How will Turkey fight against ISIL?
Hürriyet Daily News readers will surely remember the very interesting conversation between United States President Donald Trump and President Recep Tayyip Erdoğan on Dec. 14 which led the former to order the complete withdrawal of U.S. troops from Syria.
Trump had asked Erdoğan over the phone: Can Turkey clear the east of Euphrates from the rest of ISIL in the event of our withdrawal from Syria?
ISIL, the acronym of the Islamic State of Iraq and the Levant, is one of the bloodiest jihadist terror organizations which had stormed both Iraq and Syria and carried out a number of cruel terror acts in Western countries. ISIL has started to lose influence and territories after dozens of countries, under the leadership of the U.S., launched a global campaign against it.
Erdoğan had assured the U.S. president that Turkey can perfectly eliminate all terrorists in the east of Syria as it did in mid-2016 through Operation Euphrates Shield. The Turkish president recalled that Turkey had neutralized around 4,000 jihadist terrorists at that time and that the U.S. never needed the YPG’s assistance.
This strong commitment by Erdoğan pushed Trump to firmly order the withdrawal of the U.S. troops in a statement he made on Dec. 19. He later announced on Dec. 23 that “Erdoğan has very strongly informed me that he will eradicate whatever is left of ISIL in Syria” on his Twitter account.
Thus, Turkey is now entrusted with the task of wiping ISIL remnants out from the east of Syria. Turkey’s Defense Minister Hulusi Akar, who is the former chief of General Staff, confirmed this new task of the Turkish army. In a statement on Jan. 1, he said, “The Turkish Armed Forces have now taken a task and the responsibility in the fight against Daesh as a result of a conversation between our president and Mr. Trump. We will efficiently fulfill this duty in the coming days,” using the Arabic acronym for ISIL.
There is no discussion over Turkey’s determination in fighting against ISIL, but the question is how it will be held. It’s believed that ISIL has a few thousand armed terrorists still controlling a small piece of territory around Abu Kamal province in southeastern Syria along the Iraqi border.
Clearing this area from ISIL would surely require ground and air operations. If Turkey is to do this, it has to deploy thousands of troops and requires military equipment into an area around 400 kilometers away from the Turkish border. It has also been clarified by the Russians that its aircrafts will not be intercepted by the Syrian air defense system. Plus, all relevant actors should assure Turkey that neither the YPG nor the Syrian army will be on its way to Abu Kamal.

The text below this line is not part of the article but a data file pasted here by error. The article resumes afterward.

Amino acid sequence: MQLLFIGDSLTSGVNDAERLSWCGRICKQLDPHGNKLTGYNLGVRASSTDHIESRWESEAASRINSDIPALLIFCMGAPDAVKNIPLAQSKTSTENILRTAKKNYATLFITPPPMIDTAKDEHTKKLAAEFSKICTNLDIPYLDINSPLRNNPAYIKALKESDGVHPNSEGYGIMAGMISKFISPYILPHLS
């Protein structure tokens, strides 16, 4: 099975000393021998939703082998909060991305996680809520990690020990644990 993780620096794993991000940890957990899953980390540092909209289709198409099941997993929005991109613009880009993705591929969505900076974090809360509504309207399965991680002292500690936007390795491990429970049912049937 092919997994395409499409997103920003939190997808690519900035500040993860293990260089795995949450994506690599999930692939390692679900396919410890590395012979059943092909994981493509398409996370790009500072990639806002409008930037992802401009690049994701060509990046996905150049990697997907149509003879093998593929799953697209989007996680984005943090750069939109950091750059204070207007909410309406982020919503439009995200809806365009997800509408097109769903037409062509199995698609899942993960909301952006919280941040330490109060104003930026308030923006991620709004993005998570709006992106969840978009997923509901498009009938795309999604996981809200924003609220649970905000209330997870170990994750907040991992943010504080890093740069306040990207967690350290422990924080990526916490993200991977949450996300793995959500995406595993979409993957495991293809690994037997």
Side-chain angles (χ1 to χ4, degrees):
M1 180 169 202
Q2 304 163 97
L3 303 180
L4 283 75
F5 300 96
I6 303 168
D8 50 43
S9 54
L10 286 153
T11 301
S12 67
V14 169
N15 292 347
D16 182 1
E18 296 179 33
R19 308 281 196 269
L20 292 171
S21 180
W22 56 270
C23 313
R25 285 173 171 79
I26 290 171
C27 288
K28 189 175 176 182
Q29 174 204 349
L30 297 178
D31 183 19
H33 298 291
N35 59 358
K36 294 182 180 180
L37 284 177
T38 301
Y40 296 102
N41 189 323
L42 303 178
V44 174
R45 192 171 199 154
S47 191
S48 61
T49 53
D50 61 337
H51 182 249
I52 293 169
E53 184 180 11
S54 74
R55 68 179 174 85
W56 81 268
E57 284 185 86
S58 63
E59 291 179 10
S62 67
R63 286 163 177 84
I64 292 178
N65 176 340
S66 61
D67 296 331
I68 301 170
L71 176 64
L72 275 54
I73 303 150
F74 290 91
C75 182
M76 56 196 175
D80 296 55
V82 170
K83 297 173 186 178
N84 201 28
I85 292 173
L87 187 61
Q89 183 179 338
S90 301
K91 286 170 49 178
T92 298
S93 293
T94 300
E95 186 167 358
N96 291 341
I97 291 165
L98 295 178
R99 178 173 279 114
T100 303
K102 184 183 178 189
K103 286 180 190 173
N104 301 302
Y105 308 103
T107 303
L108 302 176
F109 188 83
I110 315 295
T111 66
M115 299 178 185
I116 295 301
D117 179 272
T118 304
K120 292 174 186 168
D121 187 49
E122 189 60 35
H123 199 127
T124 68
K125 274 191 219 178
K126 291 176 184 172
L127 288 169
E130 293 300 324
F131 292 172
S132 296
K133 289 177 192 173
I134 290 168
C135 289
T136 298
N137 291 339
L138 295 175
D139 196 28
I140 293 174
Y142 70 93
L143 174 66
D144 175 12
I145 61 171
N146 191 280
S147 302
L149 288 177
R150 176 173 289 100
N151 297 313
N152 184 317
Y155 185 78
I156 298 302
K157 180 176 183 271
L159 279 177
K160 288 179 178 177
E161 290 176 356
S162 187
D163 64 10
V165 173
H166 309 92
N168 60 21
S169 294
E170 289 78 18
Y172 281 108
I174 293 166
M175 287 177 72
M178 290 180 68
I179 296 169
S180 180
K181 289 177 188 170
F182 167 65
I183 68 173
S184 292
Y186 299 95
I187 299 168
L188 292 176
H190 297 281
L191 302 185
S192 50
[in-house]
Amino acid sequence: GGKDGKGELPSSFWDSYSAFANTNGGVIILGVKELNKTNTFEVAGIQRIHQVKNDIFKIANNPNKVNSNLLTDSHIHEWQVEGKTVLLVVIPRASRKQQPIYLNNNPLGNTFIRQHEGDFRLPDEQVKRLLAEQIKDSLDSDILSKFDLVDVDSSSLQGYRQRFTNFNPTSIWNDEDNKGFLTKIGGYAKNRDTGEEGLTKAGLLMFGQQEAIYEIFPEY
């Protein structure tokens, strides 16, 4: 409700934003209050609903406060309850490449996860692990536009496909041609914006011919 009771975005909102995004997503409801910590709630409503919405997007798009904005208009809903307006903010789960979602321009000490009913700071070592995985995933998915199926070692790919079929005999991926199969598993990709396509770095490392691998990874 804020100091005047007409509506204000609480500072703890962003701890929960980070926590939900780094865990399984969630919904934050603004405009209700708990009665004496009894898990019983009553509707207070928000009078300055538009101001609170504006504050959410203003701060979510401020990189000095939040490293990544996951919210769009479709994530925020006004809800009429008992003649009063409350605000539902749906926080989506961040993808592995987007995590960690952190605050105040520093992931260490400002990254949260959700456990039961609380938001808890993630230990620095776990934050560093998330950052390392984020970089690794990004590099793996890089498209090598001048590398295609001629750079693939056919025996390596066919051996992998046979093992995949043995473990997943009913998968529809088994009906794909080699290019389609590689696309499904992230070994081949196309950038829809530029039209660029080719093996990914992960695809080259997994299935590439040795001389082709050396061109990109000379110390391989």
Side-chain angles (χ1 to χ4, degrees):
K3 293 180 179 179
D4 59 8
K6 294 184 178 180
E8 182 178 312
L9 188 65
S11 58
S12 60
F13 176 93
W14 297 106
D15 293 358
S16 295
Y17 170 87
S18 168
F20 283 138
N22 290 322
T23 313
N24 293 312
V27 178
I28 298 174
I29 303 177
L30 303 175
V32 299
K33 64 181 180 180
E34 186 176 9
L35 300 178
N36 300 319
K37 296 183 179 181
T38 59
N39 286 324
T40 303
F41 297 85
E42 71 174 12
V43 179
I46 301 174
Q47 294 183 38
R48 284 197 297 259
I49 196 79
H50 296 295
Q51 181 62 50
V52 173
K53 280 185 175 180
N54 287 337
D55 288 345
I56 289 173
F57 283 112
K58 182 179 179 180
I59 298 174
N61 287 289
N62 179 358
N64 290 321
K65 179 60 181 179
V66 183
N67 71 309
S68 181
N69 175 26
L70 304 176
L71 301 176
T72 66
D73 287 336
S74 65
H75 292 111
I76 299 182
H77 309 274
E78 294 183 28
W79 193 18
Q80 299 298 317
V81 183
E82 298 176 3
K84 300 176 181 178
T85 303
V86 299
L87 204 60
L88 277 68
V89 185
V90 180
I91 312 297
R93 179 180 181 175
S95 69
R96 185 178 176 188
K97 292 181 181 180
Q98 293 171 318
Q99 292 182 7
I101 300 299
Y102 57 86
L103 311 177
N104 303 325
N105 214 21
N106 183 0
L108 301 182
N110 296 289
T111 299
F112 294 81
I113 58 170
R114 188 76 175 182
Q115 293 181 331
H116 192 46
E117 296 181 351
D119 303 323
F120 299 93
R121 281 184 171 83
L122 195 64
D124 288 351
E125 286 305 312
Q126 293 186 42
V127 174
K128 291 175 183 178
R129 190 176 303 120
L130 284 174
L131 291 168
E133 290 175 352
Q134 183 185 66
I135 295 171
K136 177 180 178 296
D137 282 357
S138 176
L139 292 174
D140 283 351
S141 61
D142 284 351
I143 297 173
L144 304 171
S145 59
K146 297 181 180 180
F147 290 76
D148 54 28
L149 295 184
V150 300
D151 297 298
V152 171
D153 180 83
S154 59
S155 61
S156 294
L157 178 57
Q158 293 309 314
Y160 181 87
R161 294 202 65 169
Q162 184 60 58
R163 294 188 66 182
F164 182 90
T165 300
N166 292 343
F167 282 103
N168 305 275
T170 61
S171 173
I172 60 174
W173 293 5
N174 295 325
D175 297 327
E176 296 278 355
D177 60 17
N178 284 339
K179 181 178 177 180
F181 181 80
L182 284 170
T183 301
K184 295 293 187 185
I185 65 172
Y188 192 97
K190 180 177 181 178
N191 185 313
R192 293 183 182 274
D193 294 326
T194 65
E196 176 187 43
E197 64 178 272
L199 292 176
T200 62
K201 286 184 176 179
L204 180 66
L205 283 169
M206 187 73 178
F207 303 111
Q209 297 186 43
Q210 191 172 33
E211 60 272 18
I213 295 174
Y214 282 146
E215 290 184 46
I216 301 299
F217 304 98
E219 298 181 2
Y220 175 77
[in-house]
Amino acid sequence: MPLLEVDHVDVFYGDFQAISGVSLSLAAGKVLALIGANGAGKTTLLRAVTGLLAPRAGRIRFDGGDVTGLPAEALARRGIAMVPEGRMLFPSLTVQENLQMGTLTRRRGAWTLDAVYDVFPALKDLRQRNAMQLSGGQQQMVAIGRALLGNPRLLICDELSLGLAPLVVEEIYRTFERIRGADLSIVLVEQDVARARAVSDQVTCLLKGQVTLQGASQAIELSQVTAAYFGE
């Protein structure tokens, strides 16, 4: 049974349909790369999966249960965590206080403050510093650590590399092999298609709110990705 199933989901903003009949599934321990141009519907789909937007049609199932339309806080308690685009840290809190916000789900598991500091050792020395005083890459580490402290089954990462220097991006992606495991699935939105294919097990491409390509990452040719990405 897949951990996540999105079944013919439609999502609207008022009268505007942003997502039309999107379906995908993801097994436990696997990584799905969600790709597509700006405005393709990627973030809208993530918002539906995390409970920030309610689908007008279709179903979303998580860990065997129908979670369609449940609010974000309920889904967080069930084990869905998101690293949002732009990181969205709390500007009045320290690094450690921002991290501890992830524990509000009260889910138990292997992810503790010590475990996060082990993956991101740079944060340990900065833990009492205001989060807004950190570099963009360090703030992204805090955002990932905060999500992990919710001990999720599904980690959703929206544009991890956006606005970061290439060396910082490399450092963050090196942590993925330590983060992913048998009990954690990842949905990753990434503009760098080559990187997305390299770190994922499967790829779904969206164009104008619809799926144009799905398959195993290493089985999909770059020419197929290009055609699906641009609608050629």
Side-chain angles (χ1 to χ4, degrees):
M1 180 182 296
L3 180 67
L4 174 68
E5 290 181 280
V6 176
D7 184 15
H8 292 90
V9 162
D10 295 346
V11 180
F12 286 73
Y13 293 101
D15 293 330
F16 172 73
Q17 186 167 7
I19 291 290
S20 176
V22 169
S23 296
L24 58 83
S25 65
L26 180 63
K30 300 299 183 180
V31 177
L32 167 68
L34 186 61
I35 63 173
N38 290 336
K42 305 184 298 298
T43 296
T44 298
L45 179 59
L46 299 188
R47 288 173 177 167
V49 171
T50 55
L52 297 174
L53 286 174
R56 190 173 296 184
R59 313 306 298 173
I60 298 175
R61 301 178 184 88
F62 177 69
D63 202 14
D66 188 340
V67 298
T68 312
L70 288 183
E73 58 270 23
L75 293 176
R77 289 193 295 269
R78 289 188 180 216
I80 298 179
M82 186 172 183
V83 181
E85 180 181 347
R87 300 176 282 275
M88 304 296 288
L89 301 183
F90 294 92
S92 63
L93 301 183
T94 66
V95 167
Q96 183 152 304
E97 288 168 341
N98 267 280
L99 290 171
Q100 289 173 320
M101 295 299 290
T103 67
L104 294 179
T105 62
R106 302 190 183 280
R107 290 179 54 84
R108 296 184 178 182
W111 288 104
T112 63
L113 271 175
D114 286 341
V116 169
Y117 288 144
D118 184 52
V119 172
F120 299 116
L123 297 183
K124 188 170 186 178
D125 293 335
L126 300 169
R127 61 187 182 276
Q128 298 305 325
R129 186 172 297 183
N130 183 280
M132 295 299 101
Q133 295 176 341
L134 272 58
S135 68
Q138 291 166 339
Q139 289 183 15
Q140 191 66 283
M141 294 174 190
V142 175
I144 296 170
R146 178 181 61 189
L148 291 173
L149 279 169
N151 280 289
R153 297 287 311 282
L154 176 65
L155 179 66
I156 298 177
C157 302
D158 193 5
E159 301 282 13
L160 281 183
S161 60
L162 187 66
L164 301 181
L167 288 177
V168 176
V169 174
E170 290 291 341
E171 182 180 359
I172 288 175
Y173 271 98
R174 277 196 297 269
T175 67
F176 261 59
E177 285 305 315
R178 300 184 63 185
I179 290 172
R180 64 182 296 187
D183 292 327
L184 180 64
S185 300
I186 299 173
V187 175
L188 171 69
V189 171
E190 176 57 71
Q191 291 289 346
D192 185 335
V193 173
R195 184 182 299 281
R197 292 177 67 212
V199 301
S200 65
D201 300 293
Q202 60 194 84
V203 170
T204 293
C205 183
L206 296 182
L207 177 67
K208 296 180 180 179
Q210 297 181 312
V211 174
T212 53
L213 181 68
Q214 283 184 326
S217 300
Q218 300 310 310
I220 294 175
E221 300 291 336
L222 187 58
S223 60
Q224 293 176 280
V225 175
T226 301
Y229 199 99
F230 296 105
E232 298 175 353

Another problem is where to deploy all these Turkish military personnel and their equipment? An option would be Turkey’s use of the bases and facilities to be evacuated by the U.S. army in the east of Syria. Russia and Syria would never see this happening, of course, as it will look like Turkey’s military penetration into the said area.
Plus, Turkey has already announced that any operation it would hold in Syria will be tasked to eliminate all terrorists, including the YPG. Any incursion to this end will create more problems than solutions and will not be endorsed by any actor in the region, including the U.S.
One other option would be to let Iraq engage in the fight against ISIL. The territories being controlled by ISIL are very close to the Iraqi border and Trump hinted that the U.S. struggle against the jihadist groups may be well conducted by the existing American military presence in that country. It would be no surprise if Erdoğan and Iraqi President Barham Salih also discussed the need to fully eradicate ISIL in the region during the latter’s visit to Ankara in the coming days.
Given the complexity of the matter, Turkey will surely continue its close coordination with all relevant parties, mostly the U.S. and Russia, on how to secure its potential fight against ISIL. Trump’s latest decision to give another four months for a slow and orderly withdrawal from Syria provides necessary time for these countries to engage in both political and military talks.
In short, the Turkish military, which has been quite busy with consequent cross-border operations into Syria in the two years, is now taking on a new and serious responsibility. Only time will show what consequences this engagement would bring about.